Peninsula School District is in the final stage of planning for a modernization of Key Peninsula Middle School.
The current plans at KPMS would expand the building by eight classrooms. A new administrative section would be constructed, and the current admin area would be converted into classroom space. An additional four classrooms would be built on the east wing of the building. Depending on final design and bidding, the gym may also be expanded.
The new space will help the district handle increased enrollment and provide more space for special education programs. “It’s just keeping up with the growth of the district,” said Patrick Gillespie, PSD’s director of facilities and capital projects. “We’ve had some of the highest enrollment rates at the elementary schools over the past few years. When that bubble hits the middle schools, this will help. We’ll have the classrooms available.”
Several elements of the project, including the gym expansion, are being designated as alternates. Their construction will depend on what kind of bids the district receives for the project. “We have a budget, and we need to stick to that budget,” Gillespie said. “If there’s enough dollars, we’ll take those alternates.”
Construction will also include updates for the school’s infrastructure, including water, septic, lighting and fire protection. Replacing the systems will create a better experience for building occupants and eliminate mounting maintenance costs associated with aging equipment.
Combining the projects saves time and money. “Basically, when you look at all the little components that need to be replaced, it adds up to a large dollar amount. By pooling them into a bigger project, it allows us to do more,” Gillespie said.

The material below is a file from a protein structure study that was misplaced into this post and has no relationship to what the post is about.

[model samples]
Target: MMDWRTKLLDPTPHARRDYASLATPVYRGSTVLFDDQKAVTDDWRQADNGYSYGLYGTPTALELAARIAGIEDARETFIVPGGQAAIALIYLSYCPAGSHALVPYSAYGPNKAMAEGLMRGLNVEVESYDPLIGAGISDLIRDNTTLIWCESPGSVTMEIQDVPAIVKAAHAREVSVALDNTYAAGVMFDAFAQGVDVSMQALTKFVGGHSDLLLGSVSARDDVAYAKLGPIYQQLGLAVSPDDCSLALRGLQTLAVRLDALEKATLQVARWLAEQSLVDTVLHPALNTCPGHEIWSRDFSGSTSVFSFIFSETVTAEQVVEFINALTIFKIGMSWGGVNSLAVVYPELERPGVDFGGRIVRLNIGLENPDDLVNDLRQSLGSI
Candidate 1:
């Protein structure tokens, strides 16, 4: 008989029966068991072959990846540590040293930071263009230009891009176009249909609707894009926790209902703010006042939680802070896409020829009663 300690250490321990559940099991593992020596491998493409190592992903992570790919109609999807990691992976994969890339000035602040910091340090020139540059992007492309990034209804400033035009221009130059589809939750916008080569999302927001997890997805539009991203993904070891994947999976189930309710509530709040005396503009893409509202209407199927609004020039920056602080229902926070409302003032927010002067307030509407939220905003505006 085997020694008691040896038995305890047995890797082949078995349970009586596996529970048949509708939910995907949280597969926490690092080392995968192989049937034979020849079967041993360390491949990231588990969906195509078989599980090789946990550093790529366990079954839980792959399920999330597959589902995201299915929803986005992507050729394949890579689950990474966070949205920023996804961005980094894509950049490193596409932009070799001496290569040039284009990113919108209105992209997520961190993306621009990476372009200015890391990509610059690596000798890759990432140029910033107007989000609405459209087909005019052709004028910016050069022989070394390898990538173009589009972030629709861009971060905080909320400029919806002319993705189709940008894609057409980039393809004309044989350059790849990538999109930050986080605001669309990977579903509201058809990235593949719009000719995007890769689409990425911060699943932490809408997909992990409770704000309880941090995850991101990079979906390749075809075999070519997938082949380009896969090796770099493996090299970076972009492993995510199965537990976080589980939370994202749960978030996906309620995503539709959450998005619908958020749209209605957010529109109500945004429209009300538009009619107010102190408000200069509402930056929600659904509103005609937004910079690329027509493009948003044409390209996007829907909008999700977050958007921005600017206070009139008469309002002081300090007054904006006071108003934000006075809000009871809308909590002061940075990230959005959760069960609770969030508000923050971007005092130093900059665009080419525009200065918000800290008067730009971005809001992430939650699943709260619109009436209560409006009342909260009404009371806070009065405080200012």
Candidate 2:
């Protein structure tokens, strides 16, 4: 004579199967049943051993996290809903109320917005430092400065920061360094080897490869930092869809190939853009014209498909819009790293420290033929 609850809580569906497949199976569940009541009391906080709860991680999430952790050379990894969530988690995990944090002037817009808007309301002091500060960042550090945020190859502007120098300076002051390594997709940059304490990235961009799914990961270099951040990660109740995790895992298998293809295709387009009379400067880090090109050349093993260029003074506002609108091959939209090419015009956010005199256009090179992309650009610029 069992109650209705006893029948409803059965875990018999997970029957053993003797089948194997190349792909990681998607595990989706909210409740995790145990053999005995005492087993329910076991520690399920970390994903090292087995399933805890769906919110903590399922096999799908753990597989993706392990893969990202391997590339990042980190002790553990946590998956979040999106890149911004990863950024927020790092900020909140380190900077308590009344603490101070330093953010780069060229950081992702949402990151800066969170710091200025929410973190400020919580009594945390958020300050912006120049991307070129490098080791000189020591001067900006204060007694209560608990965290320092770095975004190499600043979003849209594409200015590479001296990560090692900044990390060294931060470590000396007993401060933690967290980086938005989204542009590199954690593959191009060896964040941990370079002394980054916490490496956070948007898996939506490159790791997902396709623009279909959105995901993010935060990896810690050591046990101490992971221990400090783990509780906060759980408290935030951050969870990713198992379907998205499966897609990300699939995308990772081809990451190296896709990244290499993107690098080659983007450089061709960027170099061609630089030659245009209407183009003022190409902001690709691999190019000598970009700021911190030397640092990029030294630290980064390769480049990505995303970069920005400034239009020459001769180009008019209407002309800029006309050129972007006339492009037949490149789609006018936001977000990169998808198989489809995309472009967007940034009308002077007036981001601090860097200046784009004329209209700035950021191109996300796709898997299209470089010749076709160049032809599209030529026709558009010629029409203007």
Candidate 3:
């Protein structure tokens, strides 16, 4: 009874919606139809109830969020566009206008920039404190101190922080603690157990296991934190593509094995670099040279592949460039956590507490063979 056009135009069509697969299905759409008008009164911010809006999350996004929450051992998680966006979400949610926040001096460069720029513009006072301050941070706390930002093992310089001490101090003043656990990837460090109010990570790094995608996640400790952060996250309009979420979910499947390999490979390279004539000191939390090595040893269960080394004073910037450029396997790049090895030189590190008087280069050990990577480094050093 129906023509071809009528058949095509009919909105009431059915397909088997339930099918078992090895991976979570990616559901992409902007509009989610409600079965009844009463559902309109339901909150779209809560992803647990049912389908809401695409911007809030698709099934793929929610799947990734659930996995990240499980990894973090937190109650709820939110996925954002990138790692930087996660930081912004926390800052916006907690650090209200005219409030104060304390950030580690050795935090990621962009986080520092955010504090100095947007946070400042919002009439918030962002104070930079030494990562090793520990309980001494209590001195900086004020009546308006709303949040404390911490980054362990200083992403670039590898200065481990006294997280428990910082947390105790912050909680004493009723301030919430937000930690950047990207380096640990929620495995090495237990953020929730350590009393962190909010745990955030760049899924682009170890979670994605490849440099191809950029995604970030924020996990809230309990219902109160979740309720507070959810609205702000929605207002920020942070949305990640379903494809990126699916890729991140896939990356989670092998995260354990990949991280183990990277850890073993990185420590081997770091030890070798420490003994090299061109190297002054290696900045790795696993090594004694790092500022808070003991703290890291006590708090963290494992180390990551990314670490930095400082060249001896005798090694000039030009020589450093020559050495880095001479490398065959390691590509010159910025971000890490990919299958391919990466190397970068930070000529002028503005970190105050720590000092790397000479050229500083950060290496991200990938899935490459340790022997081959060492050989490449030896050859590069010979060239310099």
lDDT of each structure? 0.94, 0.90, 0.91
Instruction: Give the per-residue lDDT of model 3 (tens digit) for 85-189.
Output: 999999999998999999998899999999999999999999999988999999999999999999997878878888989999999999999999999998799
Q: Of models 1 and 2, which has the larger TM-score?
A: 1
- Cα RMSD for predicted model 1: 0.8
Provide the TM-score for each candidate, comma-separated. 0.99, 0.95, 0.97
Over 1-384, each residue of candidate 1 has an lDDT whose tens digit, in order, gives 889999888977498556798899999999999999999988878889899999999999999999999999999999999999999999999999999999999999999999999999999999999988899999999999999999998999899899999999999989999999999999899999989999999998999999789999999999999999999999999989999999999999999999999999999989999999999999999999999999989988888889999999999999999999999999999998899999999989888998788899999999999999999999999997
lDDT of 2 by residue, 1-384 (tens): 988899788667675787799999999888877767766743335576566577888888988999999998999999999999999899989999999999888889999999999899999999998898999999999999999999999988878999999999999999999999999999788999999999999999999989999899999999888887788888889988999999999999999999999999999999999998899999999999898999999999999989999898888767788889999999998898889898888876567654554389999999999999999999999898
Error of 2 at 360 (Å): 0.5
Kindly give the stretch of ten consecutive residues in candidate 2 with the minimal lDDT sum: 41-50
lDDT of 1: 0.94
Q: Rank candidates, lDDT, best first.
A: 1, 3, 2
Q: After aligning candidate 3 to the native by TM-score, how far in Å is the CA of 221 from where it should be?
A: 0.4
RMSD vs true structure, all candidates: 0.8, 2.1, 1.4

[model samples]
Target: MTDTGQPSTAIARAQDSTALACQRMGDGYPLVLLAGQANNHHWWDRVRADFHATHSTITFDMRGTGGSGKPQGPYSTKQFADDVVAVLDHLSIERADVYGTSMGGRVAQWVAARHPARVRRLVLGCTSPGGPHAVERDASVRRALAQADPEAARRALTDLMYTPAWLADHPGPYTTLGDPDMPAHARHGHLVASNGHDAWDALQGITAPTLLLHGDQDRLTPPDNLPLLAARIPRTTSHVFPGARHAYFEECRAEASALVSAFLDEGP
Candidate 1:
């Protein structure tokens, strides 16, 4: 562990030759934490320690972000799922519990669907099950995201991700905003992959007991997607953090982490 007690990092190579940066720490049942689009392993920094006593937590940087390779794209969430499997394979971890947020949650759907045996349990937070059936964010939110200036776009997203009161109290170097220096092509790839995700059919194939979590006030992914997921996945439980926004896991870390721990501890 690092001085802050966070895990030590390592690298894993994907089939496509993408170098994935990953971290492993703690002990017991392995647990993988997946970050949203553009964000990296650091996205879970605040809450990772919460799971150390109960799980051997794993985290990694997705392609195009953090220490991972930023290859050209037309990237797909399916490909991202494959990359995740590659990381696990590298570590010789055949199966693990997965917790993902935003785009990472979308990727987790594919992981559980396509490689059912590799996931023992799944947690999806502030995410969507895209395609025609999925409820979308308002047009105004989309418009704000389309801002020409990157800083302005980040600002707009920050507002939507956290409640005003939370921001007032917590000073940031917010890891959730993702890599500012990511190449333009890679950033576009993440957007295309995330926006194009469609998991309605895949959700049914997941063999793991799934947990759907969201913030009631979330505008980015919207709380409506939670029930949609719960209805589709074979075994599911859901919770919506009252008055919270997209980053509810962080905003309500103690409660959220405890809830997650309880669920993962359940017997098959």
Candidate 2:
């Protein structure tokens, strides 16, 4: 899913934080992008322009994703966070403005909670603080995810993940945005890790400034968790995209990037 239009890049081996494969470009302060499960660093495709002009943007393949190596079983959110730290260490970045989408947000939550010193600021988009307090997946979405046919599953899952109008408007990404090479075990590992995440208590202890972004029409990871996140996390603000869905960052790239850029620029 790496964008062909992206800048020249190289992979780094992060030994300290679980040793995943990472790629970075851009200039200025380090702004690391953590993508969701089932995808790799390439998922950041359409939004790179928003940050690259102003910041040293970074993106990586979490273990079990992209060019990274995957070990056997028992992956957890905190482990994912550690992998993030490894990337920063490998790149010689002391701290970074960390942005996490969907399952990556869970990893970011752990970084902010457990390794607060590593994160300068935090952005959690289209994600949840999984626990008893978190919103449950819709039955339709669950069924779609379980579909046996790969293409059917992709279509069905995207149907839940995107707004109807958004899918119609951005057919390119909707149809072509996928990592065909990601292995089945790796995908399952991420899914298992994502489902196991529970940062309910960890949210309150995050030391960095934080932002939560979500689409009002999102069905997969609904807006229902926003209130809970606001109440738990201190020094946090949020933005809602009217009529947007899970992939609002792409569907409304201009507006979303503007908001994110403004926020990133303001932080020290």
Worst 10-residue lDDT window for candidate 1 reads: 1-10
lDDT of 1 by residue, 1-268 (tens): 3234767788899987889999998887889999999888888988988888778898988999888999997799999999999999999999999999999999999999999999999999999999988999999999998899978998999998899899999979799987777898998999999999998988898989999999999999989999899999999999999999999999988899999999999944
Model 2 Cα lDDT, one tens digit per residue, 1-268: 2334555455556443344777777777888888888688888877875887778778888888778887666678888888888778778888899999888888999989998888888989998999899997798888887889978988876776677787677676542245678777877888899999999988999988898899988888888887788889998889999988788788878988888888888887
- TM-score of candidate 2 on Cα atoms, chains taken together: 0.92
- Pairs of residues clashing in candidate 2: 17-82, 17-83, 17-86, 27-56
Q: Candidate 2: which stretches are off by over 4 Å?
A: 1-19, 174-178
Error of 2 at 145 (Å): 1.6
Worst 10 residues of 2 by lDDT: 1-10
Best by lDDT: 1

KPMS modernization was not originally planned to be this extensive. Several unexpected cost reductions in other capital projects freed up resources to fully refresh KPMS. Budget space was created when PSD purchased the Boys and Girls Club in Gig Harbor to serve as the base of a new elementary school. School replacement projects also moved through planning phases faster than expected, allowing the district to outrun some inflation costs. Expanding the scope of work at KPMS qualified the project for the state School Construction Assistance Program, which pays for a percentage of major projects.
Part of the construction will also include a facelift for the building’s exterior. Several design choices were presented at a school board study session, including options for bolder colors and textured siding to improve KPMS’s front-facing appearance.
“KPMS and Kopachuck were built in the ’80s. There’s a general perception that nobody likes the look of those buildings. They’re not warm. They’re not inviting,” Gillespie said. “It will be great for both communities to get a building that they can drive up to and feel welcome.”
The KPMS project is currently in the planning phase. PSD hopes to go to bid in the spring and begin construction no later than summer of 2021. Timelines are uncertain, but Gillespie anticipated one and a half to two years before completion.
The district is currently planning with the assumption that kids will be back in school before then, which means that work will need to proceed in phases.
“It’s a little complicated,” Gillespie said. “We might need to shut down some classrooms and move some kids around, maybe create some temporary classrooms to accommodate that, and work on a wing. When that wing’s done, work on another wing, and so on.”
Updates at KPMS are part of PSD’s Capital Projects Bond approved by voters in 2019. Kopachuck Middle School is receiving many of the same add-ons and renovations. Artondale and Evergreen Elementary are both being replaced with new buildings, and the district is constructing two new elementary schools to handle increased enrollment.
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